It's important to start learning how to identify IPv6 addresses if you want to be able to troubleshoot network connectivity issues on IPv6 networks, and this is especially important as IPv4 to IPv6 migrations accelerate in different parts of the world. One common type of IPv6 address is the link-local address, a unicast address that is used by neighboring nodes on the same network link (that is, not separated by routers). Think of link-local addresses as the IPv6 form of Automatic IP Address Allocation (APIPA), a mechanism used by Windows computers to automatically assign themselves address of the form 169.254.x.y when a DHCP server is unavailable and no static addresses have been assigned. Link-local addresses are similarly self-assigned, and you can always recognize them by opening a command prompt on your computer and typing ipconfig. If the IP address displayed for your computer starts with fe80:: then you've got a link-local address that has been self-assigned using the Neighbor Discovery process used by IPv6. You can test this in Windows Vista, for example, since this platform has IPv6 enabled by default. The limitation of link-local addresses is that IPv6 routers cannot forward link-level traffic outside the link.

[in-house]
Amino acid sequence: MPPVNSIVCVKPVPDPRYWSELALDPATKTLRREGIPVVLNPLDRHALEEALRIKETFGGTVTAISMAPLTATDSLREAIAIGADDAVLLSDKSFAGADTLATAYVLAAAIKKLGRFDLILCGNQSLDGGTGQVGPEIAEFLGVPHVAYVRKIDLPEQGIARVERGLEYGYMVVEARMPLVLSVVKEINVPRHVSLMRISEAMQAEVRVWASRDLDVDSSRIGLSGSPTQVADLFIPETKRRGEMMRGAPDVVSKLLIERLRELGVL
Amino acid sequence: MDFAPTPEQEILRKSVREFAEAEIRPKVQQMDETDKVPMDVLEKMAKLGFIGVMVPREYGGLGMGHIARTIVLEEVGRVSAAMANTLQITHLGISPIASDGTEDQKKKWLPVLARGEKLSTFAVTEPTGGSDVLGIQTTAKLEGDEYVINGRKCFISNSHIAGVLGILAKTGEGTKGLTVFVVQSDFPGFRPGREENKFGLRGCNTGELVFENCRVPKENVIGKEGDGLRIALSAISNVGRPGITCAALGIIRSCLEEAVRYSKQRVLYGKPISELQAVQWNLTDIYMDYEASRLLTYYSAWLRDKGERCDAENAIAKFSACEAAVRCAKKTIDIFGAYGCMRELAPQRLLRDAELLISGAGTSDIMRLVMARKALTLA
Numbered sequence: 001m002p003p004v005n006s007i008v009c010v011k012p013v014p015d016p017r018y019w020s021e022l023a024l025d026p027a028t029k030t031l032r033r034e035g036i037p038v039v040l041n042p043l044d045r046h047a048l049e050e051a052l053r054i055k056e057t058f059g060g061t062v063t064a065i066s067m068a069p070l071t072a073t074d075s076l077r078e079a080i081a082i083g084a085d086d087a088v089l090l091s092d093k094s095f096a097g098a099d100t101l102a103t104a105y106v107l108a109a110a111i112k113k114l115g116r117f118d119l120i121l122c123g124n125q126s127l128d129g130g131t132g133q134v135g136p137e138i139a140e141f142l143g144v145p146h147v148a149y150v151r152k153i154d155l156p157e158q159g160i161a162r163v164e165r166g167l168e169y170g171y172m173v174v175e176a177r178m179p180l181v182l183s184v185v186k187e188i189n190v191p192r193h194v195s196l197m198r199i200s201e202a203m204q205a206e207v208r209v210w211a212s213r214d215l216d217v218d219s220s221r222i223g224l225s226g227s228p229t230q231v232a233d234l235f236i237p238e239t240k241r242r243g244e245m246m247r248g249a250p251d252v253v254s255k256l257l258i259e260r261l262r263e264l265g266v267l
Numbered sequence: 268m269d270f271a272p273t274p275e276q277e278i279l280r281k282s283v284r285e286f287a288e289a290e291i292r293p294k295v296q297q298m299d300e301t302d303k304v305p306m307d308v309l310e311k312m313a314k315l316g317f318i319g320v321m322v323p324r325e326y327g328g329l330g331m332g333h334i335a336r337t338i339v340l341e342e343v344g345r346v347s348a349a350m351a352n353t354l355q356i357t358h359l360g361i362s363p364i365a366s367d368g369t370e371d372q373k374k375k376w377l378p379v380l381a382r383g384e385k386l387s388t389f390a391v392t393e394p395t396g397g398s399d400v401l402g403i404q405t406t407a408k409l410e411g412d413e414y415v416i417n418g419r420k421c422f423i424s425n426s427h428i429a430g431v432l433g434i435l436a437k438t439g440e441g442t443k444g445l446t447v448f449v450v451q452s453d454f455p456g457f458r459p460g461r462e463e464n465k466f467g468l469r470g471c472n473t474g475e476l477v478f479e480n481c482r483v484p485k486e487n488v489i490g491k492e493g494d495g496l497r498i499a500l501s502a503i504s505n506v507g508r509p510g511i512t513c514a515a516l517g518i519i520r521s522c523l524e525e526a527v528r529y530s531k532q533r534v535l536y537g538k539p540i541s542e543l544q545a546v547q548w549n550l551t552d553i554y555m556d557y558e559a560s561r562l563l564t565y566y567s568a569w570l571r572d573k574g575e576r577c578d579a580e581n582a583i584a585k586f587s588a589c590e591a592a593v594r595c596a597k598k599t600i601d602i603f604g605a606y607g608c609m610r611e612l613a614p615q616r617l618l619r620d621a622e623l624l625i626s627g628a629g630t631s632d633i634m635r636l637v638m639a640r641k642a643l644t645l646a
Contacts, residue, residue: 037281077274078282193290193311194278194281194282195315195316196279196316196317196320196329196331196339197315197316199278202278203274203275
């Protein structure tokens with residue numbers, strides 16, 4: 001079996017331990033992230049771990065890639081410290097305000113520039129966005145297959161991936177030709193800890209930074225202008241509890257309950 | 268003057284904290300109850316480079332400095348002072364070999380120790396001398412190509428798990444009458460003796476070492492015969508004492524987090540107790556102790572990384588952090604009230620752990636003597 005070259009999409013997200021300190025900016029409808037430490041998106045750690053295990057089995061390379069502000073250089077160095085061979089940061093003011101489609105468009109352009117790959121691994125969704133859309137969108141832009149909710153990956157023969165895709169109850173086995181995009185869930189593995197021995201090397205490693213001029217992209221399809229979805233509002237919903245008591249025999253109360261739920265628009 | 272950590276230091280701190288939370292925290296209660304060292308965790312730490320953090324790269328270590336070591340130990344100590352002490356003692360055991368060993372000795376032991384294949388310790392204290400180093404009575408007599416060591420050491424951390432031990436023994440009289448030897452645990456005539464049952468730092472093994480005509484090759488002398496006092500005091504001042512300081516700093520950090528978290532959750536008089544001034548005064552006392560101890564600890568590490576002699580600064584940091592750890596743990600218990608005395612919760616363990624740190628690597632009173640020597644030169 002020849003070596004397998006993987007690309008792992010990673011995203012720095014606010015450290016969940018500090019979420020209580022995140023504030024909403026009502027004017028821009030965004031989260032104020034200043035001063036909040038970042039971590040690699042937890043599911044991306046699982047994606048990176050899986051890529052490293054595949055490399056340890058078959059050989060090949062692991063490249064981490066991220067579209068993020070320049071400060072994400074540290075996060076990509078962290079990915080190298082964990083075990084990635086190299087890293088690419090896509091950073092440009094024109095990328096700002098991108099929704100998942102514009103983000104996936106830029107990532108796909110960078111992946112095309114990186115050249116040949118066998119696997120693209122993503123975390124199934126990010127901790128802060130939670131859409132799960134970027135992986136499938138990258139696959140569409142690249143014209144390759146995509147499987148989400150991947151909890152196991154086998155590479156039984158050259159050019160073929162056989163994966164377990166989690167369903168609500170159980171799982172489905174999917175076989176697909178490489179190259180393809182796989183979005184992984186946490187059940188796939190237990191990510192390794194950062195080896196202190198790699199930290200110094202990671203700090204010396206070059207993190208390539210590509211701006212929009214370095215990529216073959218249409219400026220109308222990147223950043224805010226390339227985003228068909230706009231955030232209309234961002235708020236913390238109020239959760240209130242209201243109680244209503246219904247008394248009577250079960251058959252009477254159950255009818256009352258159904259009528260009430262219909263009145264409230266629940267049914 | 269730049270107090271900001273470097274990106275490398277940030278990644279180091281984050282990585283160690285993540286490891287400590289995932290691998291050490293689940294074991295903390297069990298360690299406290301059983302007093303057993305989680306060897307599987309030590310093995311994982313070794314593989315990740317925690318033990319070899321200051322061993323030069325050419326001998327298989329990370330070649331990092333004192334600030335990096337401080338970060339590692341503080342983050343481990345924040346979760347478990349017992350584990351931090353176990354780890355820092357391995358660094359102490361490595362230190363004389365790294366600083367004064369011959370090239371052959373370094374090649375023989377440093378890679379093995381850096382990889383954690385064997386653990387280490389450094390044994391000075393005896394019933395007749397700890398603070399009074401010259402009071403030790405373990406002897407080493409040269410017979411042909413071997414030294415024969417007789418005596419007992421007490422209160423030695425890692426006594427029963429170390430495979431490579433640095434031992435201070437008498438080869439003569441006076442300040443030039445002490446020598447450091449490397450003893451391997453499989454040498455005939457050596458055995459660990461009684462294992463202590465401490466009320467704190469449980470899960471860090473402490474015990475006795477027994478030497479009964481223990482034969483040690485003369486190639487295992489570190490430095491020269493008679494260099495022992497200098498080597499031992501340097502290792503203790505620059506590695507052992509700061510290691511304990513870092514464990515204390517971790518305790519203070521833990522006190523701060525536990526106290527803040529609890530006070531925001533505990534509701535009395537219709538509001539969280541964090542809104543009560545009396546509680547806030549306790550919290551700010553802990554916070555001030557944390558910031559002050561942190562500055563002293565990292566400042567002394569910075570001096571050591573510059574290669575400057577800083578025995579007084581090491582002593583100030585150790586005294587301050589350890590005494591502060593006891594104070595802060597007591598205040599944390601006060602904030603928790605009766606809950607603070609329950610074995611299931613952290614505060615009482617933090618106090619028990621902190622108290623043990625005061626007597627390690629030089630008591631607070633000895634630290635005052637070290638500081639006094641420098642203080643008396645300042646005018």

Mitch Tulloch is President of MTIT Enterprises, an IT content development company based in Winnipeg, Canada. Prior to starting his own company in 1998, Mitch worked as a Microsoft Certified Trainer (MCT) for Productivity Point International. Mitch is a widely recognized expert on Windows administration, networking and security and has written 14 books and over a hundred articles on various topics. He has been repeatedly awarded Most Valuable Professional (MVP) status by Microsoft for his outstanding contributions in supporting users who deploy Microsoft platforms, products and solutions. Mitch is also a professor at Jones International University (JIU) where he teaches graduate-level courses in Information Security Management (ISM) for their Masters of Business Administration (MBA) program. For more information see http://www.mtit.com.